Norton 1939 International M40 350cc 1 cyl ohc  2712

Norton 1939 International M40 350cc 1 cyl ohc 2712

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Norton  1936   Model 40   “International”  348 cc OHC single.

The Norton  Inter story started as far back as 1927, when Walter Moore (formerly  the Douglas chief designer) created the first Norton overhead camshaft engine with bore and stroke dimensions of  79×100 mm, giving 490 cc capacity.
Straight from the drawing board it  provided Alec Bennett with a TT victory in 1927.
Known as the CS 1 (Camshaft Senior one) it was listed as a production machine for the 1928 season.
The smaller 348 cc version ( 71×85 mm) was known as the CJ (Camshaft Junior).
By 1930 Moore had left to work for NSU in Germany and for the TT that year Arthur Carroll , his successor at Bracebridge Street, redesigned the camshaft engine.
With this design Norton started its incredible run of success in road racing.
For the 1932 season   two  types  of road going race replicas were  listed as the               “ International” in 348cc  and 490 cc  capacities.
These machines were  equipped with Amal TT carburettor, racing magneto and close ratio four speed gearbox with foot control.
Year by year small improvements were made.
Detail modifications for 1936 were: slightly more ground clearance, steering damper fixed directly to the frame for more rigidity and  a front brake adjuster that could  be operated while the machine was in motion.
Later in the thirties the Inter got hairpin valve springs and after the war “Roadholder” telescopics  and plunger rear suspension were added.

This Norton was acquired to participate in demo rides on race tracks and demos such as Coupe Moto Legends at Dijon, the Chimay race track in Belgium and other race tracks.
The bike features most of  the period options a private rider could obtain from Norton’s racing department in Brace Bridge Street in 1939 when ordering a  40 M.
It has the very much sought after “large fin, bronze cast-in combustion chamber” cylinder head with downdraught inlet track.

Other features include:
– Special central oil feed to camshaft
-Amal RN TT “Remote Needle” race carburettor
-BTH racing magneto with platinum contact breaker points
-All electron (magnesium alloy) crank cases, rocker box and ignition timing cover
-Racing camshafts, high compression piston, Manx connecting rod, max 7200rpm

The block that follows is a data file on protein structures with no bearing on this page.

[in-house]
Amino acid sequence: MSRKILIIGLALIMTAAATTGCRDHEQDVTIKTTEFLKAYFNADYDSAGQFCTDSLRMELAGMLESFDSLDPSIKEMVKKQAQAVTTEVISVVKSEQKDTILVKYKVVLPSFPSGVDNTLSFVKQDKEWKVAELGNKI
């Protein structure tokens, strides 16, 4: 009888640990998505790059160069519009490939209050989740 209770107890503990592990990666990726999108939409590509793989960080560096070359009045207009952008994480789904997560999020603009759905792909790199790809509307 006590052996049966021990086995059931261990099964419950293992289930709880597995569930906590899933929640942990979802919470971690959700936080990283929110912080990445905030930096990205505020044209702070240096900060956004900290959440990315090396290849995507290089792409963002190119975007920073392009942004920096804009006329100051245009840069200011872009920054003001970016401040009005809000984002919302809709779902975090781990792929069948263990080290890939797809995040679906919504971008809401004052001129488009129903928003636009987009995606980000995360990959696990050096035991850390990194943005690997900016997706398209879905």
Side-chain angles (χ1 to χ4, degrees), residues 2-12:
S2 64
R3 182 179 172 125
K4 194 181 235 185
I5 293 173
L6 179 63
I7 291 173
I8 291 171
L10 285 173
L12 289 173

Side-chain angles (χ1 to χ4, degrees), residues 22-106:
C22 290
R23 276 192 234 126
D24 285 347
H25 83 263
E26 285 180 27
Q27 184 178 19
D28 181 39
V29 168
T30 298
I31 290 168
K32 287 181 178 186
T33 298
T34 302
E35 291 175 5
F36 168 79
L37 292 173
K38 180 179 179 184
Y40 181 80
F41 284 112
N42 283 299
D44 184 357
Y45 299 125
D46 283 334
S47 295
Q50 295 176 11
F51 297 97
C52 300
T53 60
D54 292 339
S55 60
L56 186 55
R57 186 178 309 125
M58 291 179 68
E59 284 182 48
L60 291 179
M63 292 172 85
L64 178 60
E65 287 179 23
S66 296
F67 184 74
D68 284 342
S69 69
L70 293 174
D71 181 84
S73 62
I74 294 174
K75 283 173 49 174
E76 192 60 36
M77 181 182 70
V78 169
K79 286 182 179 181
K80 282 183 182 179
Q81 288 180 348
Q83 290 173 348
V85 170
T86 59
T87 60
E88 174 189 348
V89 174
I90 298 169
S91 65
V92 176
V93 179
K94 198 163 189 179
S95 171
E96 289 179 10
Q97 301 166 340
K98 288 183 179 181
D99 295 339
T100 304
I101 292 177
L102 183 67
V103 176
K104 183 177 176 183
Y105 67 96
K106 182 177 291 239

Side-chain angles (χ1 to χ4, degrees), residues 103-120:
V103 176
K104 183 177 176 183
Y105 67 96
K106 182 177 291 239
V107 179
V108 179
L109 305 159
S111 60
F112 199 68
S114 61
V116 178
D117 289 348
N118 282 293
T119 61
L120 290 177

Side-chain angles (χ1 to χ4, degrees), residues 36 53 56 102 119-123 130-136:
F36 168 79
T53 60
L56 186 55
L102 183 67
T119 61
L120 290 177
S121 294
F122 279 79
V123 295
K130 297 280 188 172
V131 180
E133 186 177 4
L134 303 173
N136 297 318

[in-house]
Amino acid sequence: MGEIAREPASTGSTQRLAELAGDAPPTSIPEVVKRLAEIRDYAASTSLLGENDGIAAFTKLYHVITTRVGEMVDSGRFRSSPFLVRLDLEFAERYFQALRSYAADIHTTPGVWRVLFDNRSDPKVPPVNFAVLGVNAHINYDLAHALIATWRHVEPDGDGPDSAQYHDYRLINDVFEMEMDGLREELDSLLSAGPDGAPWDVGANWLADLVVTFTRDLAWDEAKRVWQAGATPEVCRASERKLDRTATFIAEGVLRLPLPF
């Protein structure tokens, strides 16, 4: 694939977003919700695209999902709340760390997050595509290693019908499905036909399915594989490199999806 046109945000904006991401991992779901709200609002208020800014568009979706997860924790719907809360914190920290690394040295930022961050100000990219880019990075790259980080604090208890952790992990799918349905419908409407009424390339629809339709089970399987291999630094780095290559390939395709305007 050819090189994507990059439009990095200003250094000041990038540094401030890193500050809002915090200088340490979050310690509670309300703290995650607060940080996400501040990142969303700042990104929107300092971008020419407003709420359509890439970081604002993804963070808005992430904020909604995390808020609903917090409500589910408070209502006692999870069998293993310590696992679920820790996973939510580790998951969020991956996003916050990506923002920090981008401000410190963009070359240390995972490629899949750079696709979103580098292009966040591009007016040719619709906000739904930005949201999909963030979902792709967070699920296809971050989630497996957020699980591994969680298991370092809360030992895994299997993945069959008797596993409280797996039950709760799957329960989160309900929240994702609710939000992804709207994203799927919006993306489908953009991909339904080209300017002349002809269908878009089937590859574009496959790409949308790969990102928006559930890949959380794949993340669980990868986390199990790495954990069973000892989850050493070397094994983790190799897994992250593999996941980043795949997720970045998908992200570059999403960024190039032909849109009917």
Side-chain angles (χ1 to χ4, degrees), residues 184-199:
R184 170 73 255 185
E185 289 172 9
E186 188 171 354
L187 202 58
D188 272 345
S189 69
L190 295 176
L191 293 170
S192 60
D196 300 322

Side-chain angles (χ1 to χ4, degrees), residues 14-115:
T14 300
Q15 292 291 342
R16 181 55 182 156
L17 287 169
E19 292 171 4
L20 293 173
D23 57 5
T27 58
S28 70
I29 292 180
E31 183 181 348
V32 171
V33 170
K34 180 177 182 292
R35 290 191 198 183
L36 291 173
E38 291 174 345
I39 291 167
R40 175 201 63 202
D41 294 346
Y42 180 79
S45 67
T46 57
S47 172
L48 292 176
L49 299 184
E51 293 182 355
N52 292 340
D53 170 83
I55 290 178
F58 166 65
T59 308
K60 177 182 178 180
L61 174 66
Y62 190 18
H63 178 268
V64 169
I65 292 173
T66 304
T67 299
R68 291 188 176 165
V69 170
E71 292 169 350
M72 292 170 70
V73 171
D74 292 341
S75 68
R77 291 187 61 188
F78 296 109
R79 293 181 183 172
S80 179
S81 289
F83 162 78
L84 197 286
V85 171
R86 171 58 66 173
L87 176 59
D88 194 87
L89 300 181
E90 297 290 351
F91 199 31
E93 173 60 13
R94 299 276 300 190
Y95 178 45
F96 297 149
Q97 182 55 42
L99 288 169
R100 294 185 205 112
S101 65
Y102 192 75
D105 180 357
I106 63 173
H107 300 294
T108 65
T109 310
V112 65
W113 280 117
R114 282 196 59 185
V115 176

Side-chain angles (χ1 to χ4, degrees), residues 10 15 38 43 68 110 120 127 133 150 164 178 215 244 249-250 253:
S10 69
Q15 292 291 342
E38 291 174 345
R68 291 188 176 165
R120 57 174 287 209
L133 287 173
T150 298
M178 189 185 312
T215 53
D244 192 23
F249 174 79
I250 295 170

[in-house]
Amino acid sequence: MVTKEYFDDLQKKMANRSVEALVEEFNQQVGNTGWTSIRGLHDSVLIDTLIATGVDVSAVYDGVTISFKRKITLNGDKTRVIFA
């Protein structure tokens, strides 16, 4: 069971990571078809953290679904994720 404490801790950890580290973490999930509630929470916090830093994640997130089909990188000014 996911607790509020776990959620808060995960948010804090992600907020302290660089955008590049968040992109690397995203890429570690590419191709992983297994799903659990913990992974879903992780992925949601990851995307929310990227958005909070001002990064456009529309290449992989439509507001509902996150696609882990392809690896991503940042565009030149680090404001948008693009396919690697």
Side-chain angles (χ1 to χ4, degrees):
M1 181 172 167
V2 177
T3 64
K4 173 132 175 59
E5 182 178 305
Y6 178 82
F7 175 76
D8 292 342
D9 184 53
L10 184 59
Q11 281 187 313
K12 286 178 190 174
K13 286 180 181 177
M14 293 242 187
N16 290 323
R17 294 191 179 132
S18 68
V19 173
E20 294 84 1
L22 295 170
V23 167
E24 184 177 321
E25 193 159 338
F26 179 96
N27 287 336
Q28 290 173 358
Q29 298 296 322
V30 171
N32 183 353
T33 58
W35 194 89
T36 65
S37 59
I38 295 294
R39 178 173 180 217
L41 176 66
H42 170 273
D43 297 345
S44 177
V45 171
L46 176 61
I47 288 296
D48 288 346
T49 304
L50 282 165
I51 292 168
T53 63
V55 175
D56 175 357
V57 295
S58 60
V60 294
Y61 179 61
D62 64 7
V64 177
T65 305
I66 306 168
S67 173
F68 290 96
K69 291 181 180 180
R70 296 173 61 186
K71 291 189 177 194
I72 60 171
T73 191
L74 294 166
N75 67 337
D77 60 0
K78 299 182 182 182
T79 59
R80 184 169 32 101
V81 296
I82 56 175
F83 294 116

-Open primary transmission with 4 plate lightened race-clutch
-Close-ratio 4 speed gearbox with (long) Manx first gear (longer gearing ratio’s being stamped on dolls head gearbox)
-Magnesium conical 8″ Manx brake with racing levers
-Manx forks: narrower, with typical cylindrical compensation springs and André type steering damper
-Light alloy mudguards (incl. tax disk clip on front guard for the Isle of Man)
-Long Manx style clutch and brake levers
-Open megaphone, (107db at Chimay)
-Scalloped frame mounting lugs (only magnesium engine equipped bikes had this feature when they left the factory)
-Magnesium brake plate on conical front brake which is original and unaltered
-Manx type (narrower) girder fork with its specific compensation springs
-Typical pre-war Inter steel tank with “pie crust” reinforcement
-Oil tank with opening on left side of the bike as specified on racing type Nortons
-The cylinder has an embossed “B” at the base which could imply that it’s a  Francis Beard  tuning part being added during the life of the bike. Very special and nice detail!
-All nuts and bolts stainless steel with correct British treads and lightened where possible

The vehicle was restored over a period of 4 (!) years by Mr Stuart (“STU”) Rogers, well known as the International specialist.
It is in very good mechanical and cosmetic condition with some signs of use from the last years.
The paintwork has been done in nitrocellulose paint as was standard for 1939.
This bike was displayed at the special Manx exhibition at the Stafford Show in 2011.
Engine and gearbox were completely checked some 2 years ago.
New hairpin valve springs were fitted as a precaution.